Could someone please explain the Macbeth and Hamlet clue? Thanks.

Anonymous 1:47 PM  

I miss Bob Klahn, too. If you want to experience the cleverest and most diabolical clues ever, go find a Bob Klahn Saturday. It will not disappoint.

Anonymous 1:59 PM  

The IRT is the Lexington Ave (4/5/6), 7th Ave (1/2/3), and Flushing (7) Lines. Formally they are now called the "A Division." Many people refer to them as the numbered lines. They have smaller cars (9' x 51') vs typically 10'x60' (some 75') on the B Division, which is the former IND plus BMT.

Some people still say IRT, but the number is diminishing. "Hair" famously has a geographically incorrect song in which "LBJ took the IRT down to 4th street USA" even though (West) 4th Street is an IND station.

Anonymous 2:03 PM  

An IAMB is a two-syllable utterance with the accent on the second syllable.

MacBeth accents Beth. Hamlet accent Ham.

(I learned this in high school English class and haven't forgotten it yet. Don't ask me about the other ones.)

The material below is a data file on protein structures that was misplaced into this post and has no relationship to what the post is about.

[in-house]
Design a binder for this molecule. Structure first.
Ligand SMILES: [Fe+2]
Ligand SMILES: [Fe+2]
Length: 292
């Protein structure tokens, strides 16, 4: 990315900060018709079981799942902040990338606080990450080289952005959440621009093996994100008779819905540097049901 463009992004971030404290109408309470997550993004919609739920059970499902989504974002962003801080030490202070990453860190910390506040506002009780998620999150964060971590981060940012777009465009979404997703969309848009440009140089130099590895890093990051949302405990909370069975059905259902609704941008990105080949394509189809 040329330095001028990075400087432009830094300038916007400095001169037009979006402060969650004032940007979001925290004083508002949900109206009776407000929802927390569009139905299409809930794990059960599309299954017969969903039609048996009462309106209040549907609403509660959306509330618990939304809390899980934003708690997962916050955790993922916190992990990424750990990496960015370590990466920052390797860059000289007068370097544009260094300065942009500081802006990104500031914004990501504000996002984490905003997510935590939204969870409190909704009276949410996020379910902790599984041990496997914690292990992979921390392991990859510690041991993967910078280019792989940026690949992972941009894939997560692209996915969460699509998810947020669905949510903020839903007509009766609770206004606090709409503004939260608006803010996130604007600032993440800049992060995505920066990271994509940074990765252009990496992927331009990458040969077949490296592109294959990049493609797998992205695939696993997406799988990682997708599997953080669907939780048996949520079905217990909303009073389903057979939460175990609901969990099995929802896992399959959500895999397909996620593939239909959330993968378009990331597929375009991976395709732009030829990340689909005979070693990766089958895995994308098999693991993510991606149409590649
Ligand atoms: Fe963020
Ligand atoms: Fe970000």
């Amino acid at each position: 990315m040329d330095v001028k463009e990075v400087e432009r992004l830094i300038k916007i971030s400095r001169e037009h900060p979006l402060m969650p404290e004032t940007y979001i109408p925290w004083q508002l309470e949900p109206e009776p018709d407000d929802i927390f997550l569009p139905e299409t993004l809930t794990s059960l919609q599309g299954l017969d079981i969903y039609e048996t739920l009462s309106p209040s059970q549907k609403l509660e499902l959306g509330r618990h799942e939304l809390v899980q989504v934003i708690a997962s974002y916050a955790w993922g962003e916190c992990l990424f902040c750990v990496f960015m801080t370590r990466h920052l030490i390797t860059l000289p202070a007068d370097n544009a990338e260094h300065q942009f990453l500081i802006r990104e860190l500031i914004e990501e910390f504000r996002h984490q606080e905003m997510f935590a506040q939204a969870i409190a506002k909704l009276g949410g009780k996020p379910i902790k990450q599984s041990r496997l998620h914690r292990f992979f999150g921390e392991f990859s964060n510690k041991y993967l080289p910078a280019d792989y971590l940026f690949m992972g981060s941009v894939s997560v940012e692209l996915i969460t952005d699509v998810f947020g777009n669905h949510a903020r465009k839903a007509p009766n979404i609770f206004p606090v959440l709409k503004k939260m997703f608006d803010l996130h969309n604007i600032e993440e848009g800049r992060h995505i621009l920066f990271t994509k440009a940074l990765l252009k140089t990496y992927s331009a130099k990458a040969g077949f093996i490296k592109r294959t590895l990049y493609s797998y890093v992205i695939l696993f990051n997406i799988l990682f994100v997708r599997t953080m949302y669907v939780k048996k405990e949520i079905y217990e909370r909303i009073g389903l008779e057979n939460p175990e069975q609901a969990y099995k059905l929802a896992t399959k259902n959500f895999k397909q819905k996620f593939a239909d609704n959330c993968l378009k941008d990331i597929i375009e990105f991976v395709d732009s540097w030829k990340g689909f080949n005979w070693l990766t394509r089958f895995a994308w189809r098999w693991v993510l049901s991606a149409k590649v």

Villager

Beezer 2:10 PM  

@Anonymous 1:21, a Stetson is a western style hat. Back in the day cattle roamed on the open range until the Range Wars (or whatever the name) when the land owners started fencing their ranch property. My guess is that many of the cattle herders and ranchers wore Stetsons.

@Zed…lol on Ypsilanti! Yes, I knew about Ypsilanti, but DIDN’T know it was virtually attached to Ann Arbor until my daughter lived in Ann Arbor. Even so, I thought the answer MIGHT be YIPS just because it would be kind of cute.

Sandy McCroskey 2:15 PM  

@SharonAK I'm sure there are some American restaurants that do not know how to spell à la, but please don't tar all of them with a broad brush. In fact, I don't recall ever pointing out such an error to the waitstaff or manager of any dining establishment here in NYC, and that's what I would inevitably do! ;-)

burtonkd 2:32 PM  

Anon 1:45 - an iamb, as in iambic pentameter. It is 2 syllable word with the stress on the second syllable. Its opposite is the "trochee", a la Hamlet.

Classic Natick at 115 with 2 obscure capitals??? guessed right with "D" but still...